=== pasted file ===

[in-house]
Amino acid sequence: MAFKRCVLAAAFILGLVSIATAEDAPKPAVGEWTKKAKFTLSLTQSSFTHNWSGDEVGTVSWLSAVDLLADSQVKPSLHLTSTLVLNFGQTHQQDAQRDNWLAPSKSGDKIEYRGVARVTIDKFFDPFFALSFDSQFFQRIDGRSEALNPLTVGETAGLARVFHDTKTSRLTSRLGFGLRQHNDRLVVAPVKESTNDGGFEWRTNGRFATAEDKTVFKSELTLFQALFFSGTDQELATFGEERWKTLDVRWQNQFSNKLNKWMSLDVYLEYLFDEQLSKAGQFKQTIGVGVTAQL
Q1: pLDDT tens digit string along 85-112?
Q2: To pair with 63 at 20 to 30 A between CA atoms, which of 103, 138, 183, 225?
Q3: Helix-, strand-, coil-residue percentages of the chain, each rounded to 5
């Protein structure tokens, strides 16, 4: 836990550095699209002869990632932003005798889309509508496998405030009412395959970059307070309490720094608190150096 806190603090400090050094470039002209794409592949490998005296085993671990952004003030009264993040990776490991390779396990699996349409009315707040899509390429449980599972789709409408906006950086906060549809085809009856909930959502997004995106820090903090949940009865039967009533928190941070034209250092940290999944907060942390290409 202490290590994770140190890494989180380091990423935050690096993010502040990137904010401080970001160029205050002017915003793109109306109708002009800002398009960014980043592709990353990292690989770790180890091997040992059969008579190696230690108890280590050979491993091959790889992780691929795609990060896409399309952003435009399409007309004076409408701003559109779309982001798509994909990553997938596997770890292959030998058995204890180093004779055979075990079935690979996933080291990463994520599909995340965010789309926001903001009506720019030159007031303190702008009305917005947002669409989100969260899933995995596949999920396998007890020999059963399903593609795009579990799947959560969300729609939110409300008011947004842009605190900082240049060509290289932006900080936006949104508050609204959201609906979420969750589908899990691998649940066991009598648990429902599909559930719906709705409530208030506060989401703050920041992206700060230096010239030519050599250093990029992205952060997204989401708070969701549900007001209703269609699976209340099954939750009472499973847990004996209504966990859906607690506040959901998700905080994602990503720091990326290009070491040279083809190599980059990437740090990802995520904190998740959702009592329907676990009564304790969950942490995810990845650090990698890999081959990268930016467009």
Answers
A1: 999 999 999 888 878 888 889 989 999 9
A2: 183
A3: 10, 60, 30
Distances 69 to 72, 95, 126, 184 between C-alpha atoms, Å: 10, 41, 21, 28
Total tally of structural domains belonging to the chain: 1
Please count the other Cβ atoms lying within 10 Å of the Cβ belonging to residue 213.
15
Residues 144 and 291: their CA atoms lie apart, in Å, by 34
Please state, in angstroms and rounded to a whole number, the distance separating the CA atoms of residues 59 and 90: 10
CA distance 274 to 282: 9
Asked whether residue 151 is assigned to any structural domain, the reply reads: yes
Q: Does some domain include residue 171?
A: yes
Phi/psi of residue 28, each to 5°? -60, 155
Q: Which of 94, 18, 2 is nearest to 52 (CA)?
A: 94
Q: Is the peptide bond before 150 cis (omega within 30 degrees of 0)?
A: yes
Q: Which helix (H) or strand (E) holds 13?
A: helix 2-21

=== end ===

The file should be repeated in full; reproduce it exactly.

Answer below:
[in-house]
Amino acid sequence: MAFKRCVLAAAFILGLVSIATAEDAPKPAVGEWTKKAKFTLSLTQSSFTHNWSGDEVGTVSWLSAVDLLADSQVKPSLHLTSTLVLNFGQTHQQDAQRDNWLAPSKSGDKIEYRGVARVTIDKFFDPFFALSFDSQFFQRIDGRSEALNPLTVGETAGLARVFHDTKTSRLTSRLGFGLRQHNDRLVVAPVKESTNDGGFEWRTNGRFATAEDKTVFKSELTLFQALFFSGTDQELATFGEERWKTLDVRWQNQFSNKLNKWMSLDVYLEYLFDEQLSKAGQFKQTIGVGVTAQL
Q1: pLDDT tens digit string along 85-112?
Q2: To pair with 63 at 20 to 30 A between CA atoms, which of 103, 138, 183, 225?
Q3: Helix-, strand-, coil-residue percentages of the chain, each rounded to 5
């Protein structure tokens, strides 16, 4: 836990550095699209002869990632932003005798889309509508496998405030009412395959970059307070309490720094608190150096 806190603090400090050094470039002209794409592949490998005296085993671990952004003030009264993040990776490991390779396990699996349409009315707040899509390429449980599972789709409408906006950086906060549809085809009856909930959502997004995106820090903090949940009865039967009533928190941070034209250092940290999944907060942390290409 202490290590994770140190890494989180380091990423935050690096993010502040990137904010401080970001160029205050002017915003793109109306109708002009800002398009960014980043592709990353990292690989770790180890091997040992059969008579190696230690108890280590050979491993091959790889992780691929795609990060896409399309952003435009399409007309004076409408701003559109779309982001798509994909990553997938596997770890292959030998058995204890180093004779055979075990079935690979996933080291990463994520599909995340965010789309926001903001009506720019030159007031303190702008009305917005947002669409989100969260899933995995596949999920396998007890020999059963399903593609795009579990799947959560969300729609939110409300008011947004842009605190900082240049060509290289932006900080936006949104508050609204959201609906979420969750589908899990691998649940066991009598648990429902599909559930719906709705409530208030506060989401703050920041992206700060230096010239030519050599250093990029992205952060997204989401708070969701549900007001209703269609699976209340099954939750009472499973847990004996209504966990859906607690506040959901998700905080994602990503720091990326290009070491040279083809190599980059990437740090990802995520904190998740959702009592329907676990009564304790969950942490995810990845650090990698890999081959990268930016467009």
Answers
A1: 999 999 999 888 878 888 889 989 999 9
A2: 183
A3: 10, 60, 30
Distances 69 to 72, 95, 126, 184 between C-alpha atoms, Å: 10, 41, 21, 28
Total tally of structural domains belonging to the chain: 1
Please count the other Cβ atoms lying within 10 Å of the Cβ belonging to residue 213.
15
Residues 144 and 291: their CA atoms lie apart, in Å, by 34
Please state, in angstroms and rounded to a whole number, the distance separating the CA atoms of residues 59 and 90: 10
CA distance 274 to 282: 9
Asked whether residue 151 is assigned to any structural domain, the reply reads: yes
Q: Does some domain include residue 171?
A: yes
Phi/psi of residue 28, each to 5°? -60, 155
Q: Which of 94, 18, 2 is nearest to 52 (CA)?
A: 94
Q: Is the peptide bond before 150 cis (omega within 30 degrees of 0)?
A: yes
Q: Which helix (H) or strand (E) holds 13?
A: helix 2-21